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Rewriting the Script

Te Papa Tongarewa the Museum of New Zealand

Amiria Henare

Keywords: biculturalism; indigenous cultural property; Maori; materiality; new national museums; New Zealand; settler societies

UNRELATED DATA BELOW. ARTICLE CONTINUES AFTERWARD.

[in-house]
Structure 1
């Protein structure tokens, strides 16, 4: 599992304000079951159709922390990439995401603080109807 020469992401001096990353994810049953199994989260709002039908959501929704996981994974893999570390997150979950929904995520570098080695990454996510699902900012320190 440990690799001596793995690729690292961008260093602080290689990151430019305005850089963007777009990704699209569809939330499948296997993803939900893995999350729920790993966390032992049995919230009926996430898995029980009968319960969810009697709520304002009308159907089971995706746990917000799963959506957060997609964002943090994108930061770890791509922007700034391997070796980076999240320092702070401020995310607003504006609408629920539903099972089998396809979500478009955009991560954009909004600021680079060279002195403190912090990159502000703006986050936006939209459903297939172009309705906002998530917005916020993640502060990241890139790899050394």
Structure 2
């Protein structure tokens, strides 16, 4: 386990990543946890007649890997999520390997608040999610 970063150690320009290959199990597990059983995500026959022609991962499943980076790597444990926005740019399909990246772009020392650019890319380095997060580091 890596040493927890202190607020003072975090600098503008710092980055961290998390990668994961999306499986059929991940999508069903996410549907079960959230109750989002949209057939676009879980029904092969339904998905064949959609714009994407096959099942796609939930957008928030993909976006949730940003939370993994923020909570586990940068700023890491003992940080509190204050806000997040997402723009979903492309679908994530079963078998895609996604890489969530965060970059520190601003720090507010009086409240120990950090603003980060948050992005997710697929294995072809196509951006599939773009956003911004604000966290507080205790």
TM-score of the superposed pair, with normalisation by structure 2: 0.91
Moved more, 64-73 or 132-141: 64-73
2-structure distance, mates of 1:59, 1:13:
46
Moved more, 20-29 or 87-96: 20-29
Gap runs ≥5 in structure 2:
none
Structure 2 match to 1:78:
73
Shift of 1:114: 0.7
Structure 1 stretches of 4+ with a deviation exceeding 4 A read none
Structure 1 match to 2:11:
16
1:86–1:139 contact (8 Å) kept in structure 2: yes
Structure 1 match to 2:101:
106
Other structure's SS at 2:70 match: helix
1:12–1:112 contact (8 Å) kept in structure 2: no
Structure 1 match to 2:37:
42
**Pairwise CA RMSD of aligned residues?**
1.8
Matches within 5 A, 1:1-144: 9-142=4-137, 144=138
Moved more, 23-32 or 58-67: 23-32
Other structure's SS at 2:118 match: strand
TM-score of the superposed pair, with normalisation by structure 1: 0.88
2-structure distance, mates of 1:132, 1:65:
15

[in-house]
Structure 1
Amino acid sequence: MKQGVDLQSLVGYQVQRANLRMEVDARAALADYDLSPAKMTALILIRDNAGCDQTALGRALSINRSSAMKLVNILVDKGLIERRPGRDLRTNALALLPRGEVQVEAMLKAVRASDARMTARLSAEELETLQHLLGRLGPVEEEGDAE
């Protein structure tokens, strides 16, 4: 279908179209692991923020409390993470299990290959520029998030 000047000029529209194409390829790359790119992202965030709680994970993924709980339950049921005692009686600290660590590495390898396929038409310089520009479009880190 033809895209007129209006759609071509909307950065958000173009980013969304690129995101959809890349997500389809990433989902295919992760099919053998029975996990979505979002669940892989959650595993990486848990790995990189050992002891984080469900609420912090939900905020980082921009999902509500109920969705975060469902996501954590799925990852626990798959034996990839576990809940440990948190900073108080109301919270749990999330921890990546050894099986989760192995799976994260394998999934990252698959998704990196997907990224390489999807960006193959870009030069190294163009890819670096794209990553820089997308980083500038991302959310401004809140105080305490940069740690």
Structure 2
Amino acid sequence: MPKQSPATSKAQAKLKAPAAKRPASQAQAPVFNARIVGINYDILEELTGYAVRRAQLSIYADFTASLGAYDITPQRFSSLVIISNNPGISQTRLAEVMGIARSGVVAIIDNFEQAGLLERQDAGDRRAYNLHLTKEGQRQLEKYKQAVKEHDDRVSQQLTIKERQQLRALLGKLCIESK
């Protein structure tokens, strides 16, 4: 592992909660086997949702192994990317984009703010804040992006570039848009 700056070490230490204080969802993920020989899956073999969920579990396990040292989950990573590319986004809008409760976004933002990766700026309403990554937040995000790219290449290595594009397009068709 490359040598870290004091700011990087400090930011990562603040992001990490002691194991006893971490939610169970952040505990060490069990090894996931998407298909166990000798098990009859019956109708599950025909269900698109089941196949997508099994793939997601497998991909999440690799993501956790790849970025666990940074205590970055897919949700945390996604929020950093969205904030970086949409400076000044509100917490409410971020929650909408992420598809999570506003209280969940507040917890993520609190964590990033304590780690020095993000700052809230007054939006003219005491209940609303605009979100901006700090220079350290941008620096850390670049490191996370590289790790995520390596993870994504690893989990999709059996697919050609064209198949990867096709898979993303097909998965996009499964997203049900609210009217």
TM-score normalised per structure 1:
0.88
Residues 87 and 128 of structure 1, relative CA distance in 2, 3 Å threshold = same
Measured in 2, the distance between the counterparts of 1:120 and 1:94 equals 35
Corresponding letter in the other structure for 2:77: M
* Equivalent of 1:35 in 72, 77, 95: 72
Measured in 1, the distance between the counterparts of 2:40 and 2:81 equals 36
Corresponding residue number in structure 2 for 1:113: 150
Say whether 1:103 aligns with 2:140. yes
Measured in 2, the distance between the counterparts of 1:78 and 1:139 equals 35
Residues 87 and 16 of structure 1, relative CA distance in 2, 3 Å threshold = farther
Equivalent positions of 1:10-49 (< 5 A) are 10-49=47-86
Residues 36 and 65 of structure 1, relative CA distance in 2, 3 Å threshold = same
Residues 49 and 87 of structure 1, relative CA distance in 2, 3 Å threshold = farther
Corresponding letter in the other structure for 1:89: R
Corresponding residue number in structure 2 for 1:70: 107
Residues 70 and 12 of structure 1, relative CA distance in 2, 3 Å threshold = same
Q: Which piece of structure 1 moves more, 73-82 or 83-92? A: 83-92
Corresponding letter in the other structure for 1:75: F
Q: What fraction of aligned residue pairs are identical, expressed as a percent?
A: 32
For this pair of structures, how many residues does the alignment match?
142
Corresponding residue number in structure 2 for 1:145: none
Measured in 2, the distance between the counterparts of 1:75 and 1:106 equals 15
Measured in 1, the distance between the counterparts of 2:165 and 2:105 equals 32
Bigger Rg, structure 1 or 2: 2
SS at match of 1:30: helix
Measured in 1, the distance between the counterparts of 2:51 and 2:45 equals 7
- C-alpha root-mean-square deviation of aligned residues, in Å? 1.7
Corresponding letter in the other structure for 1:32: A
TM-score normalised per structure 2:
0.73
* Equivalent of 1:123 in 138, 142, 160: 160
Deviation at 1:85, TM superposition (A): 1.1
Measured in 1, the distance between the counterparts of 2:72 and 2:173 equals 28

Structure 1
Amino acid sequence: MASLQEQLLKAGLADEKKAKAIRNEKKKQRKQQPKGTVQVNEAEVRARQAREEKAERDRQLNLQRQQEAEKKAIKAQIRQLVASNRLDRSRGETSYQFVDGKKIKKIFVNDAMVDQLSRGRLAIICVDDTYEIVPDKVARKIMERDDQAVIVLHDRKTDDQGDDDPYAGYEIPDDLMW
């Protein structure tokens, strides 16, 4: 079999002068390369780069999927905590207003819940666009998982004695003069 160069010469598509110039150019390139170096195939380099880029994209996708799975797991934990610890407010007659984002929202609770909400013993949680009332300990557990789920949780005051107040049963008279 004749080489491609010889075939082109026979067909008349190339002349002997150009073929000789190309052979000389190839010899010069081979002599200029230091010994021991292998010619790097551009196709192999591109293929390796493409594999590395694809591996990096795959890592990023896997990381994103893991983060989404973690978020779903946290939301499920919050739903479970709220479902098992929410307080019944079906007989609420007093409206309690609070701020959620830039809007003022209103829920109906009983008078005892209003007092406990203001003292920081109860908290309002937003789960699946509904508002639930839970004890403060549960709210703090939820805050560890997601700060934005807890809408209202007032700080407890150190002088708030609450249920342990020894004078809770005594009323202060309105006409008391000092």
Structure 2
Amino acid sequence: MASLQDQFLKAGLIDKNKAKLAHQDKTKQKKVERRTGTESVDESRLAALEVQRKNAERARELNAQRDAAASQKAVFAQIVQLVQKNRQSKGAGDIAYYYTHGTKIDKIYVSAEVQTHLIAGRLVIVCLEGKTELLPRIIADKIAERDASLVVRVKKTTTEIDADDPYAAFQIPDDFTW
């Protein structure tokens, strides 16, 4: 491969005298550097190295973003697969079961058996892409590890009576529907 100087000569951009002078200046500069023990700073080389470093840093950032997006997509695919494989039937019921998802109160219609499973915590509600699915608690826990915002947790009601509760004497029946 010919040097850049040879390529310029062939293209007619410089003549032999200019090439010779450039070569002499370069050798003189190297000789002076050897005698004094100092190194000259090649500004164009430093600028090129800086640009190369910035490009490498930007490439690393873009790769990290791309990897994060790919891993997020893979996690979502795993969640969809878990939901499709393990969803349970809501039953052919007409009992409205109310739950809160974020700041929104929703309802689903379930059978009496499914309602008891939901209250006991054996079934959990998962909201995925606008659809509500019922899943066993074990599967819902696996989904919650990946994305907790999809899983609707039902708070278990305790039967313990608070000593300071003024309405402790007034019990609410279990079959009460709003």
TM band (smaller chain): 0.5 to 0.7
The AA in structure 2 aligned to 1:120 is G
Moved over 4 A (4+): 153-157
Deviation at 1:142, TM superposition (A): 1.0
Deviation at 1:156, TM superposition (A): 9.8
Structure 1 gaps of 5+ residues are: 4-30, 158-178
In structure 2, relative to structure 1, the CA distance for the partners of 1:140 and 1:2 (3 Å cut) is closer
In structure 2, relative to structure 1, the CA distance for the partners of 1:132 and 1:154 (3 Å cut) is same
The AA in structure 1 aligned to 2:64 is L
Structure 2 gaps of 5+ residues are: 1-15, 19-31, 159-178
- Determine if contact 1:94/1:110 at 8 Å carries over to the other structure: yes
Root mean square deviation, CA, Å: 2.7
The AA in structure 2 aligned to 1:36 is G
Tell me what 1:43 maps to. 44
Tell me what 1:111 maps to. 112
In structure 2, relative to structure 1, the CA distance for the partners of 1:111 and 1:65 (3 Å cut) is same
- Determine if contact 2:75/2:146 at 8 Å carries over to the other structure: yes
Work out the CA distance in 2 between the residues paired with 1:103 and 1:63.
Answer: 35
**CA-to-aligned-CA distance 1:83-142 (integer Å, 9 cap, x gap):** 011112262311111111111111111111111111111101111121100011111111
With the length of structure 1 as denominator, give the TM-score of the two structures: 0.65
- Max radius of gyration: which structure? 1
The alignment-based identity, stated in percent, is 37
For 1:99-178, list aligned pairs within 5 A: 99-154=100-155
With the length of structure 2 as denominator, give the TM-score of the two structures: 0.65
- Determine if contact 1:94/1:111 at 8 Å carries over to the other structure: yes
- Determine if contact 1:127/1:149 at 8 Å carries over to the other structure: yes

The national Museum of New Zealand Te Papa Tongarewa was comprehensively restructured in the 1990s in accordance with new government policies of ‘biculturalism,’ designed to reformulate relations between indigenous Maori and descendants of colonial settlers. This article, which traces the development of the new Museum, is a case study, not only of contemporary cultural politics in a settler society, but also of the impact of discursive theory on museums. Te Papa has embraced critical literature and has incorporated into its exhibitions notions derived from literary theory, such as subversion, deconstruction, and ‘play.’ ‘Biculturalism’ may be seen as another rhetorical device, one that effects a conceptual separation between Maori and non-Maori that is given form in the Museum’s physical structure and operations. This article considers how cultural policy shapes museum practice, and questions whether biculturalism is an effective strategy in terms of its stated aim of supporting Maori self-determination and a (cultural and political) ‘partnership’ with Pakeha, New Zealanders of European descent.

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